The seventh process waste is process defects. Defects are caused if work products do not meet customer requirements. When defects occur work must be redone (i.e., reworked) or thrown away (i.e., scrapped). The result is higher cycle time and production cost, as well as lower customer satisfaction. Defects occur for many reasons. These include poor communication of customer requirements as well as their translation into specifications. Additional reasons include measurement errors, poor workmanship, and problems with incoming materials. In fact, there is a long list of causes of process defects.

Lean Tenets

The development of a Lean system is based on three major tenets: the existence of relatively stable external customer demand; the application of simplification, standardization, and mistake-proofing activities to stabilize operational systems; and continuous process improvement (Figure 3). These tenets are also called the pillars of a Lean enterprise. Stable external demand implies that the flow of work, through a production system, is smooth and its variation is predictable. Smooth implies that material or information flowing through a system is sequenced as a fairly regular pattern. Predictable implies that an organization can estimate external demand and match its available capacity to demand regardless of its growth or decline, its seasonality, and its natural random variation.

Lean tenets.

Figure 3. Lean tenets.

For example, in a stable production system such as automobile manufacturing, the magnitude of stable variation may be less than 10 percent of the average unit demand between each equivalent time period. Ideally, if the operational components of a system are properly matched to expected external demand patterns, then the work will be produced when, where, and in the quantity needed.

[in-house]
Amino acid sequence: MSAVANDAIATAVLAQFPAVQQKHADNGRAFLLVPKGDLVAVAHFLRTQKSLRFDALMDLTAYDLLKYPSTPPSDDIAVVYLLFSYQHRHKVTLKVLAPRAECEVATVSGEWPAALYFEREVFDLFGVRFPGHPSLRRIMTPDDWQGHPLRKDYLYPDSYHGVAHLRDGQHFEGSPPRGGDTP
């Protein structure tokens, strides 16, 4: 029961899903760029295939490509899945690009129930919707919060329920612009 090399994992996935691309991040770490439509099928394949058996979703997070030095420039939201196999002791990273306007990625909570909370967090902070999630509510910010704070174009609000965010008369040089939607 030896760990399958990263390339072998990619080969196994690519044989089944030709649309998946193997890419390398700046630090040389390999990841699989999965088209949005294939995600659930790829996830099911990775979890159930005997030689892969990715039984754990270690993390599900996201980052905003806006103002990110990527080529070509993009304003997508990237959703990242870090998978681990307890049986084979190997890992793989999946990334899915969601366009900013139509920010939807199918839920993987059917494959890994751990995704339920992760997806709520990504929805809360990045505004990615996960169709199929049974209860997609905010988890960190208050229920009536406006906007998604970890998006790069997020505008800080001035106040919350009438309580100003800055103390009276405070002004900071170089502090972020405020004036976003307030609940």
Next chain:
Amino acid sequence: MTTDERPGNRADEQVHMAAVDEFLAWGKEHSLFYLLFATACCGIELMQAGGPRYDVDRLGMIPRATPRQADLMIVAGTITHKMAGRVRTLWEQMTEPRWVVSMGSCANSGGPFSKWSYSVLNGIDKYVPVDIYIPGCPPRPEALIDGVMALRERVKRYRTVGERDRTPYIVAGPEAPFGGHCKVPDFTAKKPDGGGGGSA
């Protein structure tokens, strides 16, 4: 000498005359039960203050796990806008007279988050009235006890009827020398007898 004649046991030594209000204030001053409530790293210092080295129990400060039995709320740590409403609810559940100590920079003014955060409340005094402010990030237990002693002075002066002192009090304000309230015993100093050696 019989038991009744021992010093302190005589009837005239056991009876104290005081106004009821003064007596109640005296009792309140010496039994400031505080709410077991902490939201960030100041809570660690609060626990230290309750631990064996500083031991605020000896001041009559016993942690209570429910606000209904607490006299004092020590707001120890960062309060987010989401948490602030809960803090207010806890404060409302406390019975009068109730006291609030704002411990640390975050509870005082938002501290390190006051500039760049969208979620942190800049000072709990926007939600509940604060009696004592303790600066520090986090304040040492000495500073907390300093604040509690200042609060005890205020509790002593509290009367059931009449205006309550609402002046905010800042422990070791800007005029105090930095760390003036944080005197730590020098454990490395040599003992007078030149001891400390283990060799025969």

A direct analogue to this concept is a scrum sprint. A sprint is designed to produce discrete levels of a system's features and functions, based directly on customer requirements. This strategy helps to prevent the overproduction of work. For example, recall that at the end of a scrum sprint, customers and key stakeholders review recently created product features and functions. This feedback mechanism matches supply (team resources) to demand (VOC and VOB requirements).

Operational stability is developed through the many programs and improvement activities designed to ensure day-to-day work activities are efficiently performed. An important basis of operational stability is the effective design of products and services. This implies an alignment of customer and stakeholder requirements and their accurate translation into the specifications and design of products and services. This will tend to ensure higher value content using simple, standardized, and mistake-proofed designs. The efficient design of products and their associated production processes is a central reason for higher operational stability since simple and standardized designs will be easier to produce.

Also, the application of mistake-proofing strategies will tend to increase operational stability since defects will be eliminated. For example, software algorithms should also be designed simply, using standardized coding, and have mistake-proofing strategies applied. We will discuss this approach to software design in Chapter 6.

The third Lean tenet is that processes should be continually improved over time to increase the percentage of their value content. Continuous improvement activities depend on several factors. These include the development of high performance work teams; training team members to use appropriate tools and methods; and the creation of reward and recognition systems, which help align team members and their work activities with organizational goals and objectives. In summary, continuous improvement facilitates the identification of performance gaps and the deployment of project teams to improve product and service performance.


About the Author

Measuring and Improving Performance: Information Technology Applications in Lean Systems
From Measuring and Improving Performance: Information Technology Applications in Lean Systems by James William Martin. Auerbach Publications, 2009.

© Copyright 2009-2010 Auerbach Publications